So I was like, “It ain’t that different, really.”
And Roger was like, “Nah, you just have to use a little more finesse than out here, you know? You have to be a little slicker, but it’s the same game. This guy gets a taste of this, so the other guy gets a sniff of that. One country gets this sanction lifted, and another country gets a little help militarily with some bullshit radical ‘freedom fighters’ as they like to call themselves. It’s the same, I’m sure, as when you’re negotiating a real estate deal, right? The county commission gets this. The mayor wets his beak in this. The town board gets a park renovation. Same thing. At the end of the day, everyone is happy.”
“That’s it, really?” I was stunned, ‘cause I didn’t think presidenting was that easy. I gotta say, if that’s presidenting, then I should’ve been doing that job my whole life, right? I mean, am I wrong here? So, he pretty much had me interested, but, hey, you’re talking to the guy who wrote The Art of the Deal, okay? And one thing I always say is that it’s okay to walk away from a bad deal, like if it’s not what you want. You just get up and walk out. That’s all. So I asked Roger, I asked him: “I mean, what about my taxes? You know, I don’t know if I should let a lot of people see my taxes, especially if I’m gonna be president and all. And there’s some other stuff that, maybe, I’d rather not have people looking around into.”
“What taxes?” Roger tells me.
“Whattya mean?” I was confused again. I mean, for a smart guy Roger sure could be confusing sometimes.
“They don’t need to see them,” he tells me. “There’s no law.”
“Really?” I says.
“Yeah,” Roger goes on. “You’re supposed to but that doesn’t mean you have to. Just tell them you’re being audited and when the audit is done, you’ll turn them over.”
“That simple?” I was shocked.
“You’d be surprised how simple it is,” Rog goes on. “You keep it simple because the simple ones are the ones who are going to get you into office and keep you there. These intellectual types are constantly thinking about stuff, analyzing stuff, reading books and criticizing you. Really, who are these people to be criticizing the President of the United States, for crying out loud? Just get those simple people from, you know, like Tennessee and Arkansas. They probably don’t even have cable, for Christ’s sake!"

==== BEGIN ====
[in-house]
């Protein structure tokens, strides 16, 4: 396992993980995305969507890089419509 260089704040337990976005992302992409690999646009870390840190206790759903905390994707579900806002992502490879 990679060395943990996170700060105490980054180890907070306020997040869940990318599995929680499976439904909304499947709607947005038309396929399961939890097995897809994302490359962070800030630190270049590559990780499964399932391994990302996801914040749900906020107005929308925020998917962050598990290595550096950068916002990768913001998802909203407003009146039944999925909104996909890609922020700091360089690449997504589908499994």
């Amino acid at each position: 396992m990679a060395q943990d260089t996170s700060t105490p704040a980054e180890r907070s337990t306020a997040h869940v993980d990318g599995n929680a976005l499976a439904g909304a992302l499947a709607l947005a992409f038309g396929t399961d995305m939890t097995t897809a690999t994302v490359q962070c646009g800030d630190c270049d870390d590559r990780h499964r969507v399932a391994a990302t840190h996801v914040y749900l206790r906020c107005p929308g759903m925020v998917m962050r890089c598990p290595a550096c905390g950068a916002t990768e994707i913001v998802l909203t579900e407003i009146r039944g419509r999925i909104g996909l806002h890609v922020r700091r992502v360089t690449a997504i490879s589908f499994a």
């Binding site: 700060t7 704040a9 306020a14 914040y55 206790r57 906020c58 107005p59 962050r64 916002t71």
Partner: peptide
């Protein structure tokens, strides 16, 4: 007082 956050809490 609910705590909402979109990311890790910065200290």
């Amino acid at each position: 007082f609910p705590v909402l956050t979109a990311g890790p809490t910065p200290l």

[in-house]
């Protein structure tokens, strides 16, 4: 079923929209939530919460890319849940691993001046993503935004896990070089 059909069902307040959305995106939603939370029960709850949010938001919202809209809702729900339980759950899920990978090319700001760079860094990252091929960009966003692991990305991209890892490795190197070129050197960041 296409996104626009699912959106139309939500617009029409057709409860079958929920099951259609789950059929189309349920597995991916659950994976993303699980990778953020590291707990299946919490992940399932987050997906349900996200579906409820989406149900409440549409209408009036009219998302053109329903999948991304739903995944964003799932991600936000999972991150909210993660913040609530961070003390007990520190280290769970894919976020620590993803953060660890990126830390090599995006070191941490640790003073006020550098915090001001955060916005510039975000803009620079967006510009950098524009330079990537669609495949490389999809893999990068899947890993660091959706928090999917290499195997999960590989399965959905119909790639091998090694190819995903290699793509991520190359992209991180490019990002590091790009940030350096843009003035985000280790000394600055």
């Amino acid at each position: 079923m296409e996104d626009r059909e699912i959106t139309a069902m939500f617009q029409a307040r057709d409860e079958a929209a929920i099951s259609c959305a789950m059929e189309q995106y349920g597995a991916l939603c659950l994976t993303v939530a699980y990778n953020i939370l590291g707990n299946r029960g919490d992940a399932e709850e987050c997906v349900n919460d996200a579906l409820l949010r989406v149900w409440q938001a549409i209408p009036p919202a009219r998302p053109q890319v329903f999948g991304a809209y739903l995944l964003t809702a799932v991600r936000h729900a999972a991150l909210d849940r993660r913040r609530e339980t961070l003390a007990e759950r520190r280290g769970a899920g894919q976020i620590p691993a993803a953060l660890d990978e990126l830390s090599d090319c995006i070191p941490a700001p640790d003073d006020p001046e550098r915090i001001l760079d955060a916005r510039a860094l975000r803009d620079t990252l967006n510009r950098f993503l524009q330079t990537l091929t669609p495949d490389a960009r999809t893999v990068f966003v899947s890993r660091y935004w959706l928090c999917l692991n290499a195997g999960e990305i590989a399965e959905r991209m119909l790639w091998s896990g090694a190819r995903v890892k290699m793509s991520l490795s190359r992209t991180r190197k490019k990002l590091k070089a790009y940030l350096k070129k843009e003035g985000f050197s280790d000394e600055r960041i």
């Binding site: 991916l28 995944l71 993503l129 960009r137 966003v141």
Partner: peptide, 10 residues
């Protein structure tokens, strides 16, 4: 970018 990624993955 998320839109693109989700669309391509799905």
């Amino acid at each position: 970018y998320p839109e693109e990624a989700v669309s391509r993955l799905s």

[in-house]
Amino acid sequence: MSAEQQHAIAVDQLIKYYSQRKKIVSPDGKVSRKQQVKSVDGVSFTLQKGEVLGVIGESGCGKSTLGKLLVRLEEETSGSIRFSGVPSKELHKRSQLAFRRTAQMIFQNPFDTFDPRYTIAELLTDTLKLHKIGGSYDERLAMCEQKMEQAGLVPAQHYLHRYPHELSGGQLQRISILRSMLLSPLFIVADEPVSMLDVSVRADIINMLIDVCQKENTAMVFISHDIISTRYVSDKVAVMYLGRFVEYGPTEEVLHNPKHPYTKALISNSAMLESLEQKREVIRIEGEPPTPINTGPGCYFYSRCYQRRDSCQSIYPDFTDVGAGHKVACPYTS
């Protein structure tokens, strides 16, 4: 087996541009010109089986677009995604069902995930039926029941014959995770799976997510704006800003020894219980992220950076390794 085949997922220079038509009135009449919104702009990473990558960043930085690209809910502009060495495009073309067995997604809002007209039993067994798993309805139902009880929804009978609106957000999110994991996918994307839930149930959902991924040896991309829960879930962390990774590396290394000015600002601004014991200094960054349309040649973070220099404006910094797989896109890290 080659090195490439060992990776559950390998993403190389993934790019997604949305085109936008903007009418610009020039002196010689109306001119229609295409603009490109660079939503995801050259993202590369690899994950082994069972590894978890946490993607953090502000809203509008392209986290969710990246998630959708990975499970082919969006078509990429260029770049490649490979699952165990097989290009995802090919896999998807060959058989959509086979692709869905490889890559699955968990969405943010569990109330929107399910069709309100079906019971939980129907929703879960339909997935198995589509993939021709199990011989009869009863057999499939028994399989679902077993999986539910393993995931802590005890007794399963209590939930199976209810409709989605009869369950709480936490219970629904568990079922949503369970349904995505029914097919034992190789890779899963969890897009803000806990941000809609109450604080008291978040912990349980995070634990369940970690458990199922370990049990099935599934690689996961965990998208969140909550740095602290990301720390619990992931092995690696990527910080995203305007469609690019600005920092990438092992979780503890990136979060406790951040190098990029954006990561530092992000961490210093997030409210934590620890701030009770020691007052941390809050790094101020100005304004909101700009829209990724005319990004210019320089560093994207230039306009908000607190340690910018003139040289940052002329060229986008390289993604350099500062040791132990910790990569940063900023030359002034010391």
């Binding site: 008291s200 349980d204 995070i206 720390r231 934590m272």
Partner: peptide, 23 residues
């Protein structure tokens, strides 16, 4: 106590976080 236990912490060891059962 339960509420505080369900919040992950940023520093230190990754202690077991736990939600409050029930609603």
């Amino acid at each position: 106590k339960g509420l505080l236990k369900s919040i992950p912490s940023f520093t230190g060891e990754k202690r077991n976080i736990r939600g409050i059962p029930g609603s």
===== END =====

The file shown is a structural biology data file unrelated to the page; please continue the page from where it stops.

That’s so true, I thought to myself, ‘cause you can’t really think for anyone else, you know, ‘cause they’re your thoughts in your head, so they have to go to you, but anyway, it seemed pretty true. Like, that’s why I chose the Polish to do some work for me back in the day. They’re big, they’re strong, and nice and dumb. So when the job was over, I just didn’t pay them, but I did get my hotel done. I guess voting and elections are the same way. You just get a bunch of Pollacks and send them to the polls – ha, get it? Polls – and tell them why you’re so great.
“You really think I can win?” I ask Roger.
“Donnie boy,” he tells me, “you’re a shoe-in.”
Now, I never understood that saying, “you’re a shoe-in.” Like, what does it even mean, really? How does a shoe mean that you win automatically? I mean, I get that it means I win right away, but why a shoe? It could’ve easily have been a shoe-out or something. Some of those sayings are just stupid. It felt good, though, you know, being able to know I was gonna win, ‘cause that’s what I do. I win. So I told Roger, “This country, when I’m elected, is gonna have so much winning, so much winning that they’re gonna be sick of winning. They’ll puke up winning. I mean literally puke up victory every morning like one of those broads who forget to take her birth control and get knocked up, and then you have your lawyer make a hush payment. You know what I mean?”
“Donnie boy,” Roger tells me, “I don’t doubt you for a minute. Let’s get you elected.”
So, yeah, 9/11 was a great day in many ways for me. One of my best days, one of my very best days actually, ‘cause it kinda led to me thinking about becoming president, and then winning, and then an epic victory, and then being in the White House. I mean, it was a long process that took a lot of convincing and talking about, over many years, but in the end, it worked. And here, everyone thought 9/11 was some kind of tragedy or something.

The story above is a satire or parody. It is entirely fictitious.